Saturday, March 14, 2009

Bronchitis

Bronchitis is an inflammation of the air passages within the lungs. It occurs when the trachea (windpipe) and the large and small bronchi (airways) within the lungs become inflamed because of infection or other causes. When these tubes get infected, they swell and mucus (thick fluid) forms inside them. This makes it hard for you to breathe.

Symptoms include:
* Coughing up extra mucus, sometimes with blood
* Inflamation of the bronchus (lower trachea)
* Hardening (oedema) of the smooth muscle
* Blockage of the alvola
* Wheezing (bubbling - refered to as "bubble wrap effect" when heard with stethescope)
* Difficulty breathing (due to above symptoms)
* Blocked/Runny nose

Bronchitis can be acute or chronic. An acute medical condition comes on quickly and can cause severe symptoms, but it lasts only a short time (no longer than a few weeks). Acute bronchitis is most often caused by one of a number of viruses that can infect the respiratory tract and attack the bronchial tubes. Infection by certain bacteria can also cause acute bronchitis. Most people have acute bronchitis at some point in their lives.

Chronic bronchitis, on the other hand, can be mild to severe and is longer lasting — from several months to years. With chronic bronchitis, the bronchial tubes continue to be inflamed (red and swollen), irritated, and produce excessive mucus over time. The most common cause of chronic bronchitis is smoking.

People who have chronic bronchitis are more susceptible to bacterial infections of the airway and lungs, like pneumonia. (In some people with chronic bronchitis, the airway becomes permanently infected with bacteria.) Pneumonia is more common among smokers and people who are exposed to secondhand smoke.

Bronchitis is commonly treated with an antibiotic called Amoxicillin or with inhalers as with asthma. A rescue puffer, Ventolin, Salbutomal or Novo-Salmol, is commonly used for a respiratory emergency (dyspnea). Other inhalers can be prescribed for daily therapy use. When left untreated, or the infection spreads to the lower airways, it can often lead to Bronchiolitis which is more difficult to treat.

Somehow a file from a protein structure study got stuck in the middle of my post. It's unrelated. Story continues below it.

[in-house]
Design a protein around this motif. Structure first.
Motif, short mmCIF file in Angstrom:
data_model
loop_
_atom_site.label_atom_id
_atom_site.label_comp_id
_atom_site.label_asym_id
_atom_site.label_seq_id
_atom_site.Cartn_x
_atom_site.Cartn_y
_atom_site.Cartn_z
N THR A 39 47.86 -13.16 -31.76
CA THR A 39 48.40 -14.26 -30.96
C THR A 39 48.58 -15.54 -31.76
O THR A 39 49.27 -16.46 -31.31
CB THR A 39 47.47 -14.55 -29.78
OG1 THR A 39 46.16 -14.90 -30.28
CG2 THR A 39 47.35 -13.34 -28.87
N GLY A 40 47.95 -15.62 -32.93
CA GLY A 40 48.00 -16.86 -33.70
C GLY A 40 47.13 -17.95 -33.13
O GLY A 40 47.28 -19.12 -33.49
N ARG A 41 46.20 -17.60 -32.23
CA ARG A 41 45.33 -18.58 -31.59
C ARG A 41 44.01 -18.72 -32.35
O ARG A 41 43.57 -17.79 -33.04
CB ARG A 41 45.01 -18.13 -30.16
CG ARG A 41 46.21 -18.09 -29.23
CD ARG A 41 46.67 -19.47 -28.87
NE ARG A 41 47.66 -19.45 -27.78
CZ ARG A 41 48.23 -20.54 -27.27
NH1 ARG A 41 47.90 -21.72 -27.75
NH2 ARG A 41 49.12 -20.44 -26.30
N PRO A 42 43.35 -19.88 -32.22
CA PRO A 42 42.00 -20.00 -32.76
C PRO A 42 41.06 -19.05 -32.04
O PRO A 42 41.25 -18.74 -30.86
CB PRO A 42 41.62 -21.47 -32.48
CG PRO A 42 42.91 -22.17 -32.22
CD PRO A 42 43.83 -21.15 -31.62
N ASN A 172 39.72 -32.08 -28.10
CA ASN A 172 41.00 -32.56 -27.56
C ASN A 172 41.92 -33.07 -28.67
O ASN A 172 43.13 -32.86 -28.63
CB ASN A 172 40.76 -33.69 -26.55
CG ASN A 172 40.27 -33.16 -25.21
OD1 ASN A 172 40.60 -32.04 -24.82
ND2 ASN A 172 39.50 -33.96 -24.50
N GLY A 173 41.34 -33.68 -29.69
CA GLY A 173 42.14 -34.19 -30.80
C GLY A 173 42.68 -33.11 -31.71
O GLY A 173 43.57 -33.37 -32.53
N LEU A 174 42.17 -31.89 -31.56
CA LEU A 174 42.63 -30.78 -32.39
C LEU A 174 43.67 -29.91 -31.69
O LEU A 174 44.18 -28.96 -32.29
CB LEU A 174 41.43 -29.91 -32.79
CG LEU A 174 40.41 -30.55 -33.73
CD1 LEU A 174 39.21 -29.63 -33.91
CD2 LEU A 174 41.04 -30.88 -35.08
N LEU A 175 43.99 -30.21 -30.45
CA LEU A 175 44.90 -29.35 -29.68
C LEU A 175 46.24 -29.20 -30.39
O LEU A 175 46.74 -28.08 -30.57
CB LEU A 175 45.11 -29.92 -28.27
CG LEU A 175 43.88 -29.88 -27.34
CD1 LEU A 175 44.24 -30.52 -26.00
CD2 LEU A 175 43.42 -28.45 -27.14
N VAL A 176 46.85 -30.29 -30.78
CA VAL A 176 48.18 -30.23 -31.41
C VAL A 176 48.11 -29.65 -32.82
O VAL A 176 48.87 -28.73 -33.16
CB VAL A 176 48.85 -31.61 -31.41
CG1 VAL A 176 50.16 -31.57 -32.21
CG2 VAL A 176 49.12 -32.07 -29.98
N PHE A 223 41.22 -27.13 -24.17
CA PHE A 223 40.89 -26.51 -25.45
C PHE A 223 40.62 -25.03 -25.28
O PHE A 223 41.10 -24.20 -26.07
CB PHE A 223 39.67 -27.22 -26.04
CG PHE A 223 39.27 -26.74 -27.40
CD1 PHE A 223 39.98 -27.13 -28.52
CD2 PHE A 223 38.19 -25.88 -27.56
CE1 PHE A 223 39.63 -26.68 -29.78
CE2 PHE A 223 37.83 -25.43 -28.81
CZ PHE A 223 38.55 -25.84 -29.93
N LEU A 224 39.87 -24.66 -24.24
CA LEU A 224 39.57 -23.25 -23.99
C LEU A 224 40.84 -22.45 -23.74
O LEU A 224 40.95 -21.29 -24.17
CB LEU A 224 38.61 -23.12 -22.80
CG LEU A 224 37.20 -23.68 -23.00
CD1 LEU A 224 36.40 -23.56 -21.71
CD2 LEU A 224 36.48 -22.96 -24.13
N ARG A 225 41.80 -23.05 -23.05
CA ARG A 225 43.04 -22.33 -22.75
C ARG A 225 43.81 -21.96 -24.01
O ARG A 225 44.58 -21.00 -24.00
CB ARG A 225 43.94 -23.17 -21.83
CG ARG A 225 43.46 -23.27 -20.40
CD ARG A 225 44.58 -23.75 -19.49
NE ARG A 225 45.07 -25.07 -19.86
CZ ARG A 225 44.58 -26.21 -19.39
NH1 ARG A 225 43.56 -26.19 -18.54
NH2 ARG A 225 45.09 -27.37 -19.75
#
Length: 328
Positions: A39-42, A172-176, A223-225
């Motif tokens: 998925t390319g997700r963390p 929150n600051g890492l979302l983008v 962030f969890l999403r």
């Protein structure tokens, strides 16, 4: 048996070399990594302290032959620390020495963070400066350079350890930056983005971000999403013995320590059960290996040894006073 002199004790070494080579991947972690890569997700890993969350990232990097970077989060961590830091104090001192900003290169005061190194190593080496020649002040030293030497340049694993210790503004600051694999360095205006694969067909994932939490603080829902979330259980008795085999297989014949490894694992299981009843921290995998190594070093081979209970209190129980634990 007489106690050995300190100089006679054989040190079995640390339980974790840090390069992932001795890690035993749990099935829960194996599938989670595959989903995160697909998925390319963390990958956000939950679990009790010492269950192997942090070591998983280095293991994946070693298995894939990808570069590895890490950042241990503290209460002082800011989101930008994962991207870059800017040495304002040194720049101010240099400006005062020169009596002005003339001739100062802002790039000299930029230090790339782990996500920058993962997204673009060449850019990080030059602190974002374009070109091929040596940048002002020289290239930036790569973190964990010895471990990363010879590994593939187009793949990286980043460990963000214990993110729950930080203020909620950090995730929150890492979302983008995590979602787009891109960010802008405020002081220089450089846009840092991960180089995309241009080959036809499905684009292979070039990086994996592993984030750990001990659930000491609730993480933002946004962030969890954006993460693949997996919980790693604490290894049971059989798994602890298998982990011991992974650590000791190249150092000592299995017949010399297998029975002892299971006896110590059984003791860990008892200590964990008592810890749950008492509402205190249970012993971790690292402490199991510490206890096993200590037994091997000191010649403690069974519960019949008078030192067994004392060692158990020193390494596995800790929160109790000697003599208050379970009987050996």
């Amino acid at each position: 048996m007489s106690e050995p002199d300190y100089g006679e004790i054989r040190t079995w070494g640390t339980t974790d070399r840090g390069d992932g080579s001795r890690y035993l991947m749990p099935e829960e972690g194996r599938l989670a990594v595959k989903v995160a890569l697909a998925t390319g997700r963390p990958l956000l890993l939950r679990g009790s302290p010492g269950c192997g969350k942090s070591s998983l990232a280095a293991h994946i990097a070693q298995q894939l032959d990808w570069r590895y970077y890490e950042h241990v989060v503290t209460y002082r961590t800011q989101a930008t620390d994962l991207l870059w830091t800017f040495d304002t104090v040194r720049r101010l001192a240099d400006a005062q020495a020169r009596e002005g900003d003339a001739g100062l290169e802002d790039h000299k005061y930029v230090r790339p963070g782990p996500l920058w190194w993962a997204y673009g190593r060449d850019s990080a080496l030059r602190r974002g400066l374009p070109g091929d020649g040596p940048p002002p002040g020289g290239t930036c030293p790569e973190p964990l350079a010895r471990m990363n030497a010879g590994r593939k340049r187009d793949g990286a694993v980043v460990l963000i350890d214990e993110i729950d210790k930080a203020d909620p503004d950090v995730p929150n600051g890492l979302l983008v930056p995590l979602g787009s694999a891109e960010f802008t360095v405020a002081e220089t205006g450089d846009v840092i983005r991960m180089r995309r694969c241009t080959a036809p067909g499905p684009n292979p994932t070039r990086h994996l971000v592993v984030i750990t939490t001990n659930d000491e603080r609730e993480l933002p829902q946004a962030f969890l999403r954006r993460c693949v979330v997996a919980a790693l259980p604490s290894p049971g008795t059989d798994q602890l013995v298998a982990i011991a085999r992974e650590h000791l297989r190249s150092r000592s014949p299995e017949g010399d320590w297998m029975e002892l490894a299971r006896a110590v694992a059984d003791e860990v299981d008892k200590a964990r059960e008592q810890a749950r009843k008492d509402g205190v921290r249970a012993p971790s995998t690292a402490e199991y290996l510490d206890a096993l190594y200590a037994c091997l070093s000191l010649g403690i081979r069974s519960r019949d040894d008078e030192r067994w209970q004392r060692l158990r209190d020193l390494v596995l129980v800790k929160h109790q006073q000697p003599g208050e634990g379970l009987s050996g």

Chronic bronchitis is one sub-category of COPD (chronic obstructive pulmonary disease or disorder). Emphysema is another sub-category of COPD. With COPD, each interferes with the absorption of oxygen into the blood stream. COPD patients can degrade to the point where their breathing system does not recognize high levels of carbon dioxide buildup. Their breathing mechanism will respond to low levels of oxygen instead. So applying oxygen for treatment of a COPD patient can potentially shut down the respiratory drive. However, COPD is a secondary issue. The oxygen is required for treatment of the main injury or illness. The main point is to monitor and ensure that if the respiratory drive shuts down, rescue breathing or CPR can be immediately administered (if no signs of circulation). It is estimated that one in twenty smokers suffer from COPD (making it the main cause of the disease) most of which are middle aged men, smoking 20-40 cigarettes per day for a prolonged period of 20 years or more.

What's the best way to avoid getting bronchitis? Washing your hands often helps to prevent the spread of many of the germs that cause the condition — especially during cold and flu season.
If you don't smoke, don't ever start smoking — and if you do smoke, try to quit or cut down. Try to avoid being around smokers because even secondhand smoke can make you more susceptible to viral infections and increase congestion in your airway. Also, be sure to get plenty of rest and eat right so that your body can fight off any illnesses that you come in contact with.

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